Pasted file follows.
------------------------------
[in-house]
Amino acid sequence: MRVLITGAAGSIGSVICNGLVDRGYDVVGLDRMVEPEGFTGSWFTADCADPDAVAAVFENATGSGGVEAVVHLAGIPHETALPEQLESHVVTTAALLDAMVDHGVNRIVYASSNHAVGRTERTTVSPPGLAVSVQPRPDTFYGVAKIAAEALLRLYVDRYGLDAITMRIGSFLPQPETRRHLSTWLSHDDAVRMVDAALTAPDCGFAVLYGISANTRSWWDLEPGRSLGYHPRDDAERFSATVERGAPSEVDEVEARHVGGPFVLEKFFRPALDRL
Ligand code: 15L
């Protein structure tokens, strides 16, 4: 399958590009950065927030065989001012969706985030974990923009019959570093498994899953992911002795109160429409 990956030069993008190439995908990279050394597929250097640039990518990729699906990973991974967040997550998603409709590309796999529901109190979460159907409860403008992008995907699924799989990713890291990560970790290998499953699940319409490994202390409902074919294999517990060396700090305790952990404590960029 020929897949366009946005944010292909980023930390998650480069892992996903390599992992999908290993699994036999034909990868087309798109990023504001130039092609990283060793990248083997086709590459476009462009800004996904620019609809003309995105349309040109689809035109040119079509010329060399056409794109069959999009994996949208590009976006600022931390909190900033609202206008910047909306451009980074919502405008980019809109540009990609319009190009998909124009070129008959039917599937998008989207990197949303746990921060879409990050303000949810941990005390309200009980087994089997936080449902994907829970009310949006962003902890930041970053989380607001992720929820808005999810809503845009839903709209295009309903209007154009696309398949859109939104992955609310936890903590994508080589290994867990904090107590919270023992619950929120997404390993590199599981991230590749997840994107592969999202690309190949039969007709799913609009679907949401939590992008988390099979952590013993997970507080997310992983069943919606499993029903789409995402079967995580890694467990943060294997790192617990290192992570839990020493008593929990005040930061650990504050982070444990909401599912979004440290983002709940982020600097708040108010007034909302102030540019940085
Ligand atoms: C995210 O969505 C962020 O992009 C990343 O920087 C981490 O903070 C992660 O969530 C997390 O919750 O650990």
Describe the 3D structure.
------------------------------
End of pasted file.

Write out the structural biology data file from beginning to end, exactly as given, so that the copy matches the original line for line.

[in-house]
Amino acid sequence: MRVLITGAAGSIGSVICNGLVDRGYDVVGLDRMVEPEGFTGSWFTADCADPDAVAAVFENATGSGGVEAVVHLAGIPHETALPEQLESHVVTTAALLDAMVDHGVNRIVYASSNHAVGRTERTTVSPPGLAVSVQPRPDTFYGVAKIAAEALLRLYVDRYGLDAITMRIGSFLPQPETRRHLSTWLSHDDAVRMVDAALTAPDCGFAVLYGISANTRSWWDLEPGRSLGYHPRDDAERFSATVERGAPSEVDEVEARHVGGPFVLEKFFRPALDRL
Ligand code: 15L
């Protein structure tokens, strides 16, 4: 399958590009950065927030065989001012969706985030974990923009019959570093498994899953992911002795109160429409 990956030069993008190439995908990279050394597929250097640039990518990729699906990973991974967040997550998603409709590309796999529901109190979460159907409860403008992008995907699924799989990713890291990560970790290998499953699940319409490994202390409902074919294999517990060396700090305790952990404590960029 020929897949366009946005944010292909980023930390998650480069892992996903390599992992999908290993699994036999034909990868087309798109990023504001130039092609990283060793990248083997086709590459476009462009800004996904620019609809003309995105349309040109689809035109040119079509010329060399056409794109069959999009994996949208590009976006600022931390909190900033609202206008910047909306451009980074919502405008980019809109540009990609319009190009998909124009070129008959039917599937998008989207990197949303746990921060879409990050303000949810941990005390309200009980087994089997936080449902994907829970009310949006962003902890930041970053989380607001992720929820808005999810809503845009839903709209295009309903209007154009696309398949859109939104992955609310936890903590994508080589290994867990904090107590919270023992619950929120997404390993590199599981991230590749997840994107592969999202690309190949039969007709799913609009679907949401939590992008988390099979952590013993997970507080997310992983069943919606499993029903789409995402079967995580890694467990943060294997790192617990290192992570839990020493008593929990005040930061650990504050982070444990909401599912979004440290983002709940982020600097708040108010007034909302102030540019940085
Ligand atoms: C995210 O969505 C962020 O992009 C990343 O920087 C981490 O903070 C992660 O969530 C997390 O919750 O650990």
Describe the 3D structure.